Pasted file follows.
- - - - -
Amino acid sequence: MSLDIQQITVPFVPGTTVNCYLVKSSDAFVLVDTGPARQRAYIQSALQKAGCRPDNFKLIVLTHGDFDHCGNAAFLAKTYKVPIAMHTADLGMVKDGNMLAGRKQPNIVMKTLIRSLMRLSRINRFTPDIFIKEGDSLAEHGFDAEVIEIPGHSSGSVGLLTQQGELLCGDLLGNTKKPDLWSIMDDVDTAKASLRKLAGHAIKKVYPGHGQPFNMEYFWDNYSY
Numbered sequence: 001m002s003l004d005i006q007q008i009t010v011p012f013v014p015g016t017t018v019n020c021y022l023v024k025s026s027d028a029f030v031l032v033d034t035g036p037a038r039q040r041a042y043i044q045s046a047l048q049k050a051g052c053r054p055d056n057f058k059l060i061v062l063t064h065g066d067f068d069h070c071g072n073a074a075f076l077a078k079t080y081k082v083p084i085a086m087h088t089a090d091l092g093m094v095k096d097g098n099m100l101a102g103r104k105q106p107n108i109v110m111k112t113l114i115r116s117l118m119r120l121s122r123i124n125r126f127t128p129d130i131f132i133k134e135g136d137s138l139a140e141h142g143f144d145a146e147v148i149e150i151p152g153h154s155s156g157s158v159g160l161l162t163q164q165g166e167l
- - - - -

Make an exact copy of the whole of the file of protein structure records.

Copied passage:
Amino acid sequence: MSLDIQQITVPFVPGTTVNCYLVKSSDAFVLVDTGPARQRAYIQSALQKAGCRPDNFKLIVLTHGDFDHCGNAAFLAKTYKVPIAMHTADLGMVKDGNMLAGRKQPNIVMKTLIRSLMRLSRINRFTPDIFIKEGDSLAEHGFDAEVIEIPGHSSGSVGLLTQQGELLCGDLLGNTKKPDLWSIMDDVDTAKASLRKLAGHAIKKVYPGHGQPFNMEYFWDNYSY
Numbered sequence: 001m002s003l004d005i006q007q008i009t010v011p012f013v014p015g016t017t018v019n020c021y022l023v024k025s026s027d028a029f030v031l032v033d034t035g036p037a038r039q040r041a042y043i044q045s046a047l048q049k050a051g052c053r054p055d056n057f058k059l060i061v062l063t064h065g066d067f068d069h070c071g072n073a074a075f076l077a078k079t080y081k082v083p084i085a086m087h088t089a090d091l092g093m094v095k096d097g098n099m100l101a102g103r104k105q106p107n108i109v110m111k112t113l114i115r116s117l118m119r120l121s122r123i124n125r126f127t128p129d130i131f132i133k134e135g136d137s138l139a140e141h142g143f144d145a146e147v148i149e150i151p152g153h154s155s156g157s158v159g160l161l162t163q164q165g166e167l